Richard Ha Hamakua Springs

Shutting Down the Farm & What’s Next

I met with my employees today to tell them our big news first, and now let me tell you about it:

We are shutting down the farm. The last bananas will be the ones we are bagging now, which will be ready around the end of March, and then that will be it.

The background, I explained to our workers, is that when we moved the farm here from Kea‘au, we were able to offer a good profit-sharing plan, and one of the best medical and dental plans you could get. It had vision and all kinds of extras.

But after a number of years, we started having a harder and harder time. First we couldn’t keep funding the profit-sharing plan and we had to discontinue that. Then we had to start cutting some of the medical benefits.

Then last year we had to cut wages one time. That was pretty desperate, and we always intended to raise them again, but we were never able to. And now, looking down the road, we see Banana Bunchy Top Disease, which is already in the gulches here nearby.

It’s all related to the price of oil. As the oil price has risen, folks that could pass on the cost did, but farmers cannot. When the oil price dropped recently, the cost of fertilizer, plastic, all sorts of things that have oil petroleum costs embedded in their prices, didn’t come down with it. Those costs stayed up.

The oil price will go back up again, and anticipating that we had to make a decision. It’s not that we’re going bankrupt – we’re not. We just need to do what we need to do before it gets to that point.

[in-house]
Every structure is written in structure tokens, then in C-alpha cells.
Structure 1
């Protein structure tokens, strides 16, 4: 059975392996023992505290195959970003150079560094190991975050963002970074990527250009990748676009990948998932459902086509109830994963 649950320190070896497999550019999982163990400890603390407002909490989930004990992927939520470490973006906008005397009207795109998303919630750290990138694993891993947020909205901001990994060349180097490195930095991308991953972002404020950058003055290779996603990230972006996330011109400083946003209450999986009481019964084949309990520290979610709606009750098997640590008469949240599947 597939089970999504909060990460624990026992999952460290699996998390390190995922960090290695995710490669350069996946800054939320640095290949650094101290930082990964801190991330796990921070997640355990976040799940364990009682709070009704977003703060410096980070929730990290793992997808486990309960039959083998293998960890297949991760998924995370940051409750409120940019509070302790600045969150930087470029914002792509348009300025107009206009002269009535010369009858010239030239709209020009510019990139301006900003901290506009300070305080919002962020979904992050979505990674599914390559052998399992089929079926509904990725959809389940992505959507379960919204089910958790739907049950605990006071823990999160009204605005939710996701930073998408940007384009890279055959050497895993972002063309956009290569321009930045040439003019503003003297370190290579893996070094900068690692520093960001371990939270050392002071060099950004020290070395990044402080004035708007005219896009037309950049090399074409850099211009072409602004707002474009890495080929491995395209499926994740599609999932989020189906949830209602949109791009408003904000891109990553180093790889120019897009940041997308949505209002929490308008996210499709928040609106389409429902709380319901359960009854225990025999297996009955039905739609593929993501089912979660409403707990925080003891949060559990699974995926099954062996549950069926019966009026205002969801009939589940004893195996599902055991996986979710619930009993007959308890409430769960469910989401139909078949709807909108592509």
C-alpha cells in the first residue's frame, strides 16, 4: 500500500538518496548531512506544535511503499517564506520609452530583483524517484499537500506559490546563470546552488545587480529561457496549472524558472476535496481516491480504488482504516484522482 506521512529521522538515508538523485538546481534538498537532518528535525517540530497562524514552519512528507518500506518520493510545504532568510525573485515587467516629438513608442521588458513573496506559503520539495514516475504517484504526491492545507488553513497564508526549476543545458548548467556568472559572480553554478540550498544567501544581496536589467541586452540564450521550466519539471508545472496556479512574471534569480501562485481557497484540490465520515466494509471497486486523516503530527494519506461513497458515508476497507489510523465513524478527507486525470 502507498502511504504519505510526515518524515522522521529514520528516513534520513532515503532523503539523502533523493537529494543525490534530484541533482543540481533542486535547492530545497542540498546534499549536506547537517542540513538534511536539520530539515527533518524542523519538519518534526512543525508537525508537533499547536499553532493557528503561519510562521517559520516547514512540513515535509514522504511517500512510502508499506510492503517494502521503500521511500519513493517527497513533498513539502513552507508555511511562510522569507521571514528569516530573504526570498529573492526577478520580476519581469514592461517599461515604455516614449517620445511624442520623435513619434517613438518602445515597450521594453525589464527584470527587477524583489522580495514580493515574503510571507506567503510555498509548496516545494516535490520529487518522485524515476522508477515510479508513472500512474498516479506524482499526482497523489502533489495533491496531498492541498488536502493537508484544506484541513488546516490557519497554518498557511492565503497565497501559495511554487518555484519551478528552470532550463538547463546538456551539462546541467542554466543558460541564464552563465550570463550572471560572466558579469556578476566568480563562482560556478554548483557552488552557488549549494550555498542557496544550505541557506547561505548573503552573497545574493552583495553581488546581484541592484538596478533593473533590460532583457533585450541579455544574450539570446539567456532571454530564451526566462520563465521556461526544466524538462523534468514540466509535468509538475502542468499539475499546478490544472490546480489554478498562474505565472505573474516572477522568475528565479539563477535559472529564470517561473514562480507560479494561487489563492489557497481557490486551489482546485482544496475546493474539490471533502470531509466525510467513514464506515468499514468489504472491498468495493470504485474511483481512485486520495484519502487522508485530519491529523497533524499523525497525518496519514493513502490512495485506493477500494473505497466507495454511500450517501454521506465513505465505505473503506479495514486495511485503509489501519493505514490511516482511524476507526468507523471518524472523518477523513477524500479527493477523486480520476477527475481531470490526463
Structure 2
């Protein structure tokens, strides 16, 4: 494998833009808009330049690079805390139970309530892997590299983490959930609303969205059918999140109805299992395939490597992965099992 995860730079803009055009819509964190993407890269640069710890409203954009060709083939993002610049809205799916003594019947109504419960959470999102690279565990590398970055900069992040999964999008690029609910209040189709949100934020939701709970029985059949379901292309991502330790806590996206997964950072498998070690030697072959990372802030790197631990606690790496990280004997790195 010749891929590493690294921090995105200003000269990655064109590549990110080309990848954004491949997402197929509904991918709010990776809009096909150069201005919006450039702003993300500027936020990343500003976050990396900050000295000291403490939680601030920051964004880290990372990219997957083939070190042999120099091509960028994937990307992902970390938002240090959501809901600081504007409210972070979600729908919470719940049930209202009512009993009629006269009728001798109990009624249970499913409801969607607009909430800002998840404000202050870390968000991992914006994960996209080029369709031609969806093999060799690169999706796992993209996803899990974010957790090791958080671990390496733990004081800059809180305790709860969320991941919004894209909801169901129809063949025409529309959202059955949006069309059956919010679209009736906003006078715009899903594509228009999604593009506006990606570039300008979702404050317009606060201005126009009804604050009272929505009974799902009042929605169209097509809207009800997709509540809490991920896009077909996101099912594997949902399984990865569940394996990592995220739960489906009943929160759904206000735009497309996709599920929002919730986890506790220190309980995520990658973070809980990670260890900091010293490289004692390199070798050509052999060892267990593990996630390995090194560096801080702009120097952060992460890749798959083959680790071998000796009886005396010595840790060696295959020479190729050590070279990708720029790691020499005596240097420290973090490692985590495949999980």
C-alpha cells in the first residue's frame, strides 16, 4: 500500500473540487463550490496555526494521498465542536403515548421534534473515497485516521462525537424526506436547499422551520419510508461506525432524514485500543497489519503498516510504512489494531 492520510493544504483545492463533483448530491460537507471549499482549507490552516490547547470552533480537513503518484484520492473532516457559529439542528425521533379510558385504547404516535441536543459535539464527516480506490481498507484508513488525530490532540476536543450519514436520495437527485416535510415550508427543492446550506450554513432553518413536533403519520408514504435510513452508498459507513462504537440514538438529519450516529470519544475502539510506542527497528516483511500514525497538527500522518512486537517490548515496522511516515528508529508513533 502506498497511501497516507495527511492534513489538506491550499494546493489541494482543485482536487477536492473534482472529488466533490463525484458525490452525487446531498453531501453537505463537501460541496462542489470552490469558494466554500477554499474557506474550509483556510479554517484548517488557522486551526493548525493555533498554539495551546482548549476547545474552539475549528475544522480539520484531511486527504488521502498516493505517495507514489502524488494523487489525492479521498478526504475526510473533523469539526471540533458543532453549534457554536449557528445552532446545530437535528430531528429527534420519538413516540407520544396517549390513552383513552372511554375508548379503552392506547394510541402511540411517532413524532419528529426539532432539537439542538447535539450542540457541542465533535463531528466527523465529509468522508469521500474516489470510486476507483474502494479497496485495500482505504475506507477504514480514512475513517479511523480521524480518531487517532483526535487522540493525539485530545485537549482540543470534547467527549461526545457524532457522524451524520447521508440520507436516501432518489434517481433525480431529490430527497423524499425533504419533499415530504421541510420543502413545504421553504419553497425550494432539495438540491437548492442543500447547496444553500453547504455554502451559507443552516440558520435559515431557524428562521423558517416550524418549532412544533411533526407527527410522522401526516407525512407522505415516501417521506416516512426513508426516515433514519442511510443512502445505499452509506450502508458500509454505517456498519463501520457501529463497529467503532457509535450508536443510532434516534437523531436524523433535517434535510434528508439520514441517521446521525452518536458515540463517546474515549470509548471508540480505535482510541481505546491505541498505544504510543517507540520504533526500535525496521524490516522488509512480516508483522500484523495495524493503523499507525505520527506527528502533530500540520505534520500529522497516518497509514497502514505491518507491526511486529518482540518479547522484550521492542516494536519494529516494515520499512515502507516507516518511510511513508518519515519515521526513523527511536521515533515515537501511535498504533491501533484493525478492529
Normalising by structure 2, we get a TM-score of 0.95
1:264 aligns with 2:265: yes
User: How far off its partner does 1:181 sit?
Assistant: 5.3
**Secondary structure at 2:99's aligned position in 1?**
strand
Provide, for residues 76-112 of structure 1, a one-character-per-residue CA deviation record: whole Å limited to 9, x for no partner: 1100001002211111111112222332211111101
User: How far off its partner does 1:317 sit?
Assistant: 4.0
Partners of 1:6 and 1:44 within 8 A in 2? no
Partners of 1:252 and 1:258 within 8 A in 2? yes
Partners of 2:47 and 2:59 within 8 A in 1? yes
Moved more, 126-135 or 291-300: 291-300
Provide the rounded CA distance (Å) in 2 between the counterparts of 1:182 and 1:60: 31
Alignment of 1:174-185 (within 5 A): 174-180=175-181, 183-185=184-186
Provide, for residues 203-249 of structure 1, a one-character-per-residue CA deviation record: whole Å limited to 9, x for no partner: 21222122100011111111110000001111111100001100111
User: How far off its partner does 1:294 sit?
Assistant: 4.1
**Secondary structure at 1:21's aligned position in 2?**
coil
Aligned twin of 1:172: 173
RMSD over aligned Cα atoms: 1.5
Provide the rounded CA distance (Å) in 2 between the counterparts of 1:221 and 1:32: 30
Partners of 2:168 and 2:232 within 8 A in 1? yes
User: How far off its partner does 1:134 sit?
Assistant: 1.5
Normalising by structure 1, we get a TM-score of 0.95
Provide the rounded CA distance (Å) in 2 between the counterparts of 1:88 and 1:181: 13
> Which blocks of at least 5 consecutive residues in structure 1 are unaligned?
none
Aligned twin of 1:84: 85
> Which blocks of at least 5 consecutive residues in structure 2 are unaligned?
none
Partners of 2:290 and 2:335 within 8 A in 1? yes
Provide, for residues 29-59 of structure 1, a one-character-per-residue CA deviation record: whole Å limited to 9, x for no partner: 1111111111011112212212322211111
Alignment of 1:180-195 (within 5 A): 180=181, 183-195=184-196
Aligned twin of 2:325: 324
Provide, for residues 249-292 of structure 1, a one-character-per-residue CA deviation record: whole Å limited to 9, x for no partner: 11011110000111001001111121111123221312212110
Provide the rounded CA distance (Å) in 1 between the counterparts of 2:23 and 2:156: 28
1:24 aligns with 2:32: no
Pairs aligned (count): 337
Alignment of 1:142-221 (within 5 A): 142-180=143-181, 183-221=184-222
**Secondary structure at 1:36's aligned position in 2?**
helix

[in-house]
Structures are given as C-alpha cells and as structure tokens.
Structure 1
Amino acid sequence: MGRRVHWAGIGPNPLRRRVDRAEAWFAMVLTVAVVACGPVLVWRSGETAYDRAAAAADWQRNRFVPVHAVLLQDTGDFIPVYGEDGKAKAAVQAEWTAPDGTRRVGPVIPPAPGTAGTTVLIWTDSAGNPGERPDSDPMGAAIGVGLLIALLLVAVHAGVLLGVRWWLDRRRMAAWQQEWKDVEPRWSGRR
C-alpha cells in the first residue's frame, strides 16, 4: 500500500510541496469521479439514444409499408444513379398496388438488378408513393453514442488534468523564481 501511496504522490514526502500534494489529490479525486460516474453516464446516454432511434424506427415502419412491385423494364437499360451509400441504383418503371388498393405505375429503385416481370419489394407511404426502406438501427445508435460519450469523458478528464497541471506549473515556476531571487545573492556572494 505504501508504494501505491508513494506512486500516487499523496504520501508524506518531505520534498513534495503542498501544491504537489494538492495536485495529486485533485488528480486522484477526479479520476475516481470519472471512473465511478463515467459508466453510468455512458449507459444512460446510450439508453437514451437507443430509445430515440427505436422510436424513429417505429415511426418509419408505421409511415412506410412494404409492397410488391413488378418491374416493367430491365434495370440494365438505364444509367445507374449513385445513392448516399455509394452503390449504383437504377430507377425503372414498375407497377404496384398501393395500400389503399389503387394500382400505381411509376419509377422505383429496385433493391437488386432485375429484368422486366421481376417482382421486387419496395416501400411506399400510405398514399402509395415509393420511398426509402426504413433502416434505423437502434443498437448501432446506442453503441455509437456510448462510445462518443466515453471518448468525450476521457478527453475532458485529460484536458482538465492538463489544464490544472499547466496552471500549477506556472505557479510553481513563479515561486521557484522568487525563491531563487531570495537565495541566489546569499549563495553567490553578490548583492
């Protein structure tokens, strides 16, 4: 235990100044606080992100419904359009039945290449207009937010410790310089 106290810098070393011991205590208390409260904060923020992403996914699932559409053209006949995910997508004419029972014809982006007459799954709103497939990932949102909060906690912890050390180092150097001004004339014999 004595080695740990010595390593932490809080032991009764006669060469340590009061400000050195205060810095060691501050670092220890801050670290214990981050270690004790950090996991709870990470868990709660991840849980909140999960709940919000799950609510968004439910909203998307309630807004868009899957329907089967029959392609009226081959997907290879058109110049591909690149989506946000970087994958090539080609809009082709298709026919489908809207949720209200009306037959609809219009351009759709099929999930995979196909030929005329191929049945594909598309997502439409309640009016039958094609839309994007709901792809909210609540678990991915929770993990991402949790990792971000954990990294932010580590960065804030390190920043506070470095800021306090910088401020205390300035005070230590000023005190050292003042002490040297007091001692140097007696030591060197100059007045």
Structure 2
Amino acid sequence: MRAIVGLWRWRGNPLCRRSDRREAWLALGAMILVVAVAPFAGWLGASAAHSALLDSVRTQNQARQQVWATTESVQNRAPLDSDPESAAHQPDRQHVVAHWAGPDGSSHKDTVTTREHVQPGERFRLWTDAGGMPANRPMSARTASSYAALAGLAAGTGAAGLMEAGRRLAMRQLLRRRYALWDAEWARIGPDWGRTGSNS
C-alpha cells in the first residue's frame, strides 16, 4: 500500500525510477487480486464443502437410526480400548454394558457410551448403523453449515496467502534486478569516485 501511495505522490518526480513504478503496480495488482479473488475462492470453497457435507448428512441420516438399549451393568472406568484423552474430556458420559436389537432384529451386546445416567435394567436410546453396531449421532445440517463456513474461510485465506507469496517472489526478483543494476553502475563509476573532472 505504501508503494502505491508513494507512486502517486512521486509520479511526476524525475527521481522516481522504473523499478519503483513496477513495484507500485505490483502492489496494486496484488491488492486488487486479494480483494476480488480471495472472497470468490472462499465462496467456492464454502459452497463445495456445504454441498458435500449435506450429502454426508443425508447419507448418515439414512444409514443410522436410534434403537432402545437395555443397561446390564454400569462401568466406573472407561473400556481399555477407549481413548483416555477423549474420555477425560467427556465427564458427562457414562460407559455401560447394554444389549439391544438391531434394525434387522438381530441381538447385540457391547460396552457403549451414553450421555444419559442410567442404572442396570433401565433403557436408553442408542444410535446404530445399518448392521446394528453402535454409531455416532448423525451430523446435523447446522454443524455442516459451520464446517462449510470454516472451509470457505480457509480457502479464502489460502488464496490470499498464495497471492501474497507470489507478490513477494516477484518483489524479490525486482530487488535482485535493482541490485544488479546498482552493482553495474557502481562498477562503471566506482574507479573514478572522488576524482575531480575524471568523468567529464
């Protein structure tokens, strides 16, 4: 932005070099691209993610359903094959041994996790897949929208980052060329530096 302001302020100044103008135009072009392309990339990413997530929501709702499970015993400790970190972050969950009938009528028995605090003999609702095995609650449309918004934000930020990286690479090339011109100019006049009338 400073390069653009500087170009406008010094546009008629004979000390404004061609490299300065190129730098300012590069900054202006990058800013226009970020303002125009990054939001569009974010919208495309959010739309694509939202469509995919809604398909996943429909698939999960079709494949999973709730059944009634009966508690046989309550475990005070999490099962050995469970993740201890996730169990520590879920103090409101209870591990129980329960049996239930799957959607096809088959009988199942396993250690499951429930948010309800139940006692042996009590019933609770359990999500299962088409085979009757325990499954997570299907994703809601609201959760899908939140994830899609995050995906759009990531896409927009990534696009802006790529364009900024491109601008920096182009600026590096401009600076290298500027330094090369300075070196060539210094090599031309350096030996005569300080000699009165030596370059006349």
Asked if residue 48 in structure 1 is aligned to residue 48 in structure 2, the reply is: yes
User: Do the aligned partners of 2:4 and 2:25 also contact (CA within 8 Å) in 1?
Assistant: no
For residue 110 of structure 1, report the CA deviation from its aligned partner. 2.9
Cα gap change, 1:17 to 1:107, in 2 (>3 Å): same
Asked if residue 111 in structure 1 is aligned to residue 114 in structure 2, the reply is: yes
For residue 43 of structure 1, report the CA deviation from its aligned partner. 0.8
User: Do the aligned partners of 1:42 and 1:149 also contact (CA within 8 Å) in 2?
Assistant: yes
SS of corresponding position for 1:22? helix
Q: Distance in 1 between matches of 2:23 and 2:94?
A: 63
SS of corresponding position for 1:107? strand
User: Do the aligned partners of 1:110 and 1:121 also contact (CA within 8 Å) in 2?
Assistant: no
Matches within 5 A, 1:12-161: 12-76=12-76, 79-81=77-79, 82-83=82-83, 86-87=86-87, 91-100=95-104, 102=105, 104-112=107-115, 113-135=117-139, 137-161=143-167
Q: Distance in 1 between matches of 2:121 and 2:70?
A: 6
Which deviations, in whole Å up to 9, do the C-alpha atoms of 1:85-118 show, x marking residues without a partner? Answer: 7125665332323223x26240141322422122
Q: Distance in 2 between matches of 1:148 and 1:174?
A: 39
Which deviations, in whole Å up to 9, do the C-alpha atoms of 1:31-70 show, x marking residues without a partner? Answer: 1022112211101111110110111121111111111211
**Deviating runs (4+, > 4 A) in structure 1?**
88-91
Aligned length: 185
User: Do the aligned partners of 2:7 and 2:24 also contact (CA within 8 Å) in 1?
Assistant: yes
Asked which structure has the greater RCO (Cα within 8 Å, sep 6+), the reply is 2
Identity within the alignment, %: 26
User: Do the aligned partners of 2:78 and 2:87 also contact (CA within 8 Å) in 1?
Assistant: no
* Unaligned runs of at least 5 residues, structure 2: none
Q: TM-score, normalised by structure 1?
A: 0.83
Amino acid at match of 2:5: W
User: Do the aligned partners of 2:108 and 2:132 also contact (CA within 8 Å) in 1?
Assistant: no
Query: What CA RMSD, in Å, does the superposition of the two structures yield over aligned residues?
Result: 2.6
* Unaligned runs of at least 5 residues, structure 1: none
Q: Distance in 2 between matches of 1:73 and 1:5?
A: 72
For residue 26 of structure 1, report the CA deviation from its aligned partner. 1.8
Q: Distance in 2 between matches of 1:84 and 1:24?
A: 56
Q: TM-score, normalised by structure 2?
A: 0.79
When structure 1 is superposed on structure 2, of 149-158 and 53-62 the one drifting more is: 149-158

What Now?

We do have an option, as I explained to the workers.

A group that’s applying for a license to grow and distribute medical marijuana is interested in leasing some of our land, as well as the hydroelectric. Although I already knew we were shutting down when they first came to talk with me, I didn’t take it very seriously. But in the last few weeks, it’s become pretty serious.

My main concern is my workers. I told this other group that before I even considered leasing to them I’d need assurance they would give my workers first shot at jobs. They said they would. I also made some conditions regarding security. It’s not a sure thing, but on the outside chance they are granted a medical marijuana license, they will also have to take care of the community, especially in terms of security, so I can ensure that the community feels safe.

They are interested in me participating with their group because they know I know what I’m talking about when it comes to growing things, and about energy. We are talking but we haven’t signed any agreements about any of it yet.

I told my workers today that they can do whatever they need to do. If they want to take a layoff because feel they need to go out right now and start looking for a new job, they can. Or if they want to stay until the end of March, that’s okay too. They all said they will stick it out to the end.

I just heard the Alexander & Baldwin announcement that it’s transitioning out of sugar at its 36,000-acre sugar plantation on Maui. A&B’s Executive Chairman Stanley M. Kuriyama said, “The roughly $30 million agribusiness operating loss we expect to incur in 2015, and the forecast for continued significant losses, clearly are not sustainable, and we must now move forward with a new concept for our lands that allows us to keep them in productive agricultural use.”